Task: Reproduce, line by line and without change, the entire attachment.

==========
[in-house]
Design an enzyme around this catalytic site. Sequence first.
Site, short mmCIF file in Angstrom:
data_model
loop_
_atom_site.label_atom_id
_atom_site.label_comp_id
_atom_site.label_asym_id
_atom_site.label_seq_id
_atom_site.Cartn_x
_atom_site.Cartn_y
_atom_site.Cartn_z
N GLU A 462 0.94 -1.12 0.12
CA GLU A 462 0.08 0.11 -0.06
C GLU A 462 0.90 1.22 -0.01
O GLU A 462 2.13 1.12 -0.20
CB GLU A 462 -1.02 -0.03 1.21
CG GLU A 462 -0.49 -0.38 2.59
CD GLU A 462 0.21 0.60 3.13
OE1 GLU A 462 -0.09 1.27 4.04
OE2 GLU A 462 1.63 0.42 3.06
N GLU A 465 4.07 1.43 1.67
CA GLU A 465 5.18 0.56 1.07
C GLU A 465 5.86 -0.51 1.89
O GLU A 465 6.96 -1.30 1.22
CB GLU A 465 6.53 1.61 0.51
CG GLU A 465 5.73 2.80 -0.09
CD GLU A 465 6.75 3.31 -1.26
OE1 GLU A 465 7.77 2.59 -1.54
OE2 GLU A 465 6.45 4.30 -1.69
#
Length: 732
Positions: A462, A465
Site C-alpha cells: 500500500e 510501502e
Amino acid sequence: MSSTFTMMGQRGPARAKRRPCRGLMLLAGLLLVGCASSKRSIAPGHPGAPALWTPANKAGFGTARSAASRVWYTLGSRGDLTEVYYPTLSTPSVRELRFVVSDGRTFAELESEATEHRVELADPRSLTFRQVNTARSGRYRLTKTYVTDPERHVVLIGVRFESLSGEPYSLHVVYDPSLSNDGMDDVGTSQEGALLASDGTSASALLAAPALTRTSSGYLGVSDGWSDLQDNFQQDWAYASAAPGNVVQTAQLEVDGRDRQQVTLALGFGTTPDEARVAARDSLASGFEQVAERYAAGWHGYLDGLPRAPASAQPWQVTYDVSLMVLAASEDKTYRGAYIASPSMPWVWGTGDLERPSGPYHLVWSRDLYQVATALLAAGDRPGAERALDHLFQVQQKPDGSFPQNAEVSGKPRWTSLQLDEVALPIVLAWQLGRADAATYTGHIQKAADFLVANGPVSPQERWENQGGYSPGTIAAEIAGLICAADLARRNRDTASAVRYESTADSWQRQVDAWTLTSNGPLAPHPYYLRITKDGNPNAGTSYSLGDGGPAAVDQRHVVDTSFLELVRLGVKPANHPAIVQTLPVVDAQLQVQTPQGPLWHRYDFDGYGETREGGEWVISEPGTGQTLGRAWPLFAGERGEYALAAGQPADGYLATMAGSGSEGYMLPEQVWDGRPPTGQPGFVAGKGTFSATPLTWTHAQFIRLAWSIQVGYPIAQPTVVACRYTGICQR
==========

[in-house]
Design an enzyme around this catalytic site. Sequence first.
Site, short mmCIF file in Angstrom:
data_model
loop_
_atom_site.label_atom_id
_atom_site.label_comp_id
_atom_site.label_asym_id
_atom_site.label_seq_id
_atom_site.Cartn_x
_atom_site.Cartn_y
_atom_site.Cartn_z
N GLU A 462 0.94 -1.12 0.12
CA GLU A 462 0.08 0.11 -0.06
C GLU A 462 0.90 1.22 -0.01
O GLU A 462 2.13 1.12 -0.20
CB GLU A 462 -1.02 -0.03 1.21
CG GLU A 462 -0.49 -0.38 2.59
CD GLU A 462 0.21 0.60 3.13
OE1 GLU A 462 -0.09 1.27 4.04
OE2 GLU A 462 1.63 0.42 3.06
N GLU A 465 4.07 1.43 1.67
CA GLU A 465 5.18 0.56 1.07
C GLU A 465 5.86 -0.51 1.89
O GLU A 465 6.96 -1.30 1.22
CB GLU A 465 6.53 1.61 0.51
CG GLU A 465 5.73 2.80 -0.09
CD GLU A 465 6.75 3.31 -1.26
OE1 GLU A 465 7.77 2.59 -1.54
OE2 GLU A 465 6.45 4.30 -1.69
#
Length: 732
Positions: A462, A465
Site C-alpha cells: 500500500e 510501502e
Amino acid sequence: MSSTFTMMGQRGPARAKRRPCRGLMLLAGLLLVGCASSKRSIAPGHPGAPALWTPANKAGFGTARSAASRVWYTLGSRGDLTEVYYPTLSTPSVRELRFVVSDGRTFAELESEATEHRVELADPRSLTFRQVNTARSGRYRLTKTYVTDPERHVVLIGVRFESLSGEPYSLHVVYDPSLSNDGMDDVGTSQEGALLASDGTSASALLAAPALTRTSSGYLGVSDGWSDLQDNFQQDWAYASAAPGNVVQTAQLEVDGRDRQQVTLALGFGTTPDEARVAARDSLASGFEQVAERYAAGWHGYLDGLPRAPASAQPWQVTYDVSLMVLAASEDKTYRGAYIASPSMPWVWGTGDLERPSGPYHLVWSRDLYQVATALLAAGDRPGAERALDHLFQVQQKPDGSFPQNAEVSGKPRWTSLQLDEVALPIVLAWQLGRADAATYTGHIQKAADFLVANGPVSPQERWENQGGYSPGTIAAEIAGLICAADLARRNRDTASAVRYESTADSWQRQVDAWTLTSNGPLAPHPYYLRITKDGNPNAGTSYSLGDGGPAAVDQRHVVDTSFLELVRLGVKPANHPAIVQTLPVVDAQLQVQTPQGPLWHRYDFDGYGETREGGEWVISEPGTGQTLGRAWPLFAGERGEYALAAGQPADGYLATMAGSGSEGYMLPEQVWDGRPPTGQPGFVAGKGTFSATPLTWTHAQFIRLAWSIQVGYPIAQPTVVACRYTGICQR